Residents will have to wait for answers on GO train upgrades

BRUCEDALE – There were more questions than answers when Guelph-Eramosa council got an update on GO train upgrades that could increase train traffic through Rockwood.

Councillors had a presentation on Nov. 18 from spokesperson Leona Hollingsworth of Metrolinx, the Ontario agency that operates the GO train and bus network.

“An environmental assessment was conducted about 10 years ago to extend service on the line to Kitchener, and we are now adding to that EA to consider electrifying that section of the corridor,” she said.

Residents living near the tracks spoke at the meeting, wanting to know how many more trains will be going by, at what times, whether a second track will be constructed and the impact of new infrastructure required for electrification.

Mayor Chris White acknowledged passenger train service is the way of the future, but said local communities need details on train traffic, setback distances from the rail corridor, improvements that can be made at crossing points, what areas will be fenced and how many trees will have to be cut down.

“What is the actual impact on residents?” White asked. “If it looks like the volume of trains is just going to continue to grow, this is going to be a growing problem.”

Hollingsworth said she could not give specific answers because the process is just starting. Some property owners have been asked to provide access to their land for a preliminary assessment of baseline conditions.

Hollingsworth said the government has approved funding for the design phase, but not for construction.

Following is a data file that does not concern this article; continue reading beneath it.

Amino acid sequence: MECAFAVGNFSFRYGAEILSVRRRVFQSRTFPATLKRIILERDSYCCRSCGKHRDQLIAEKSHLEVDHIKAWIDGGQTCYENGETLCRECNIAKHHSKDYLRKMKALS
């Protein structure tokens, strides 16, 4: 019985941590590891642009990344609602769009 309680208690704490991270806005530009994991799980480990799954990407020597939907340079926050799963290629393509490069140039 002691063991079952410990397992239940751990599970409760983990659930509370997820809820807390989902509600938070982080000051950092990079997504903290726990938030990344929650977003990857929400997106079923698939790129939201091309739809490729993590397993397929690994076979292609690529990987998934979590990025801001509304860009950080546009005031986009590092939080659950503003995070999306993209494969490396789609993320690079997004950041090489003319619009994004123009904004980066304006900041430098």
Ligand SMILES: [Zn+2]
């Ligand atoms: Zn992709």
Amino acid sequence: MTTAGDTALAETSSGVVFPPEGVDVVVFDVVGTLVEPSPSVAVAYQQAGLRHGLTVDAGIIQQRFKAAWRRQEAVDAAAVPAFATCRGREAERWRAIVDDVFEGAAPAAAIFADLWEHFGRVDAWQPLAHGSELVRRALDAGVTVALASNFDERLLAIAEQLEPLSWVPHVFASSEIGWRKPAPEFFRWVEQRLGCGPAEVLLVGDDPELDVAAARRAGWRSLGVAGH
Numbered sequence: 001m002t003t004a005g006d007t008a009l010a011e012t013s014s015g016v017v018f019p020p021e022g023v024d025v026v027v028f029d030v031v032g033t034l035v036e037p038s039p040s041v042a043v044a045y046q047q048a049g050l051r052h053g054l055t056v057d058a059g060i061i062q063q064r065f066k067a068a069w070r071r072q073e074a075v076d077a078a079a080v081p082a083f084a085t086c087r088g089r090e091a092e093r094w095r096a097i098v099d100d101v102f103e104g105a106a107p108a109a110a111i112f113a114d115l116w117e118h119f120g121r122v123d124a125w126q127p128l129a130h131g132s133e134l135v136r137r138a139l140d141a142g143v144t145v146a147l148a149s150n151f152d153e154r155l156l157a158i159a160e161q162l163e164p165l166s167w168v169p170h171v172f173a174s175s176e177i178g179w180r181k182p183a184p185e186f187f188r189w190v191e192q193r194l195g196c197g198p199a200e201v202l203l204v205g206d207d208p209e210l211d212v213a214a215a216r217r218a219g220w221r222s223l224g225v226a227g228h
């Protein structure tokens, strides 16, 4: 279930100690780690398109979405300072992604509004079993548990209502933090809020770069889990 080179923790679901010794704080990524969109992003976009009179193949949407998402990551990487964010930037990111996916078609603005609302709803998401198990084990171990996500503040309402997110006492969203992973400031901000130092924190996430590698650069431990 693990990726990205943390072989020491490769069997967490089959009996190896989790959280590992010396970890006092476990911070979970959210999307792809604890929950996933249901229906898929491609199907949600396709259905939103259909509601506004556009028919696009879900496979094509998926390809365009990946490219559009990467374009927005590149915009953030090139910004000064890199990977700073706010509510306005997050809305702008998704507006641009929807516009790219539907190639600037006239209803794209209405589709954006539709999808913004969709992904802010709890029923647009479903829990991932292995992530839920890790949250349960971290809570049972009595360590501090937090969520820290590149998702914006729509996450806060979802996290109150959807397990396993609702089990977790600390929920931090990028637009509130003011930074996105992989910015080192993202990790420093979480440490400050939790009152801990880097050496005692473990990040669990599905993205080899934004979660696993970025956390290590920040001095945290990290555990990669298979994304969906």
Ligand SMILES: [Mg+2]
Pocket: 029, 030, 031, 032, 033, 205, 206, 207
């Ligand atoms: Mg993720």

She did say some parts of the line would need a second set of tracks to create short bypass sections for traffic management. An entire doubling of the line, which would create a major expense for rebuilding bridges and crossings, is not planned.

The idea of a second train line to bypass Rockwood, separating freight and passenger traffic, has been discussed in the past, but is not part of current plans. Hollingsworth also said there is no plan to introduce high-speed trains (200km/h plus).

She said electrification would not involve electricity in the rails. Instead, the power would be provided from above the trains through a system of towers.

She said public comments are an important part of the process and she encouraged people to attend one of three public information sessions: Nov. 20, from 5 to 8pm at the Guelph Civic Museum, 52 Norfolk Street; Nov. 25, from 5 to 8pm at Kitchener Central Library, 85 Queen St. N.; and Nov. 27, from 5 to 8pm at the Acton Arena and Community Centre, 415 Queen St. E.

A major challenge is the fact that a section of the line is owned and used by CN Rail for significant freight traffic. New scheduling cooperation between GO and CN has already enabled an expansion of service.

This is expected to continue, and as White pointed out, it will mean more trains going through Rockwood at night, waking people up with their horns.

“Our first priority is always safety,” said Hollingsworth.

She said Metrolinx is working on a range of improvements to provide “better, faster, easier service”, with the goal of introducing two-way, all-day service by 2024 on the line, which runs through Georgetown, Acton, Rockwood and Guelph. Service to Kitchener started in 2011 with two trips per direction per day, and in 2013, the Acton GO station was opened.

In the future, there is to be service in both directions as often as every 15 minutes, effectively quadrupling GO rail service. Metrolinx hopes to run trains that are 30% faster and 50% cheaper per kilometre to operate.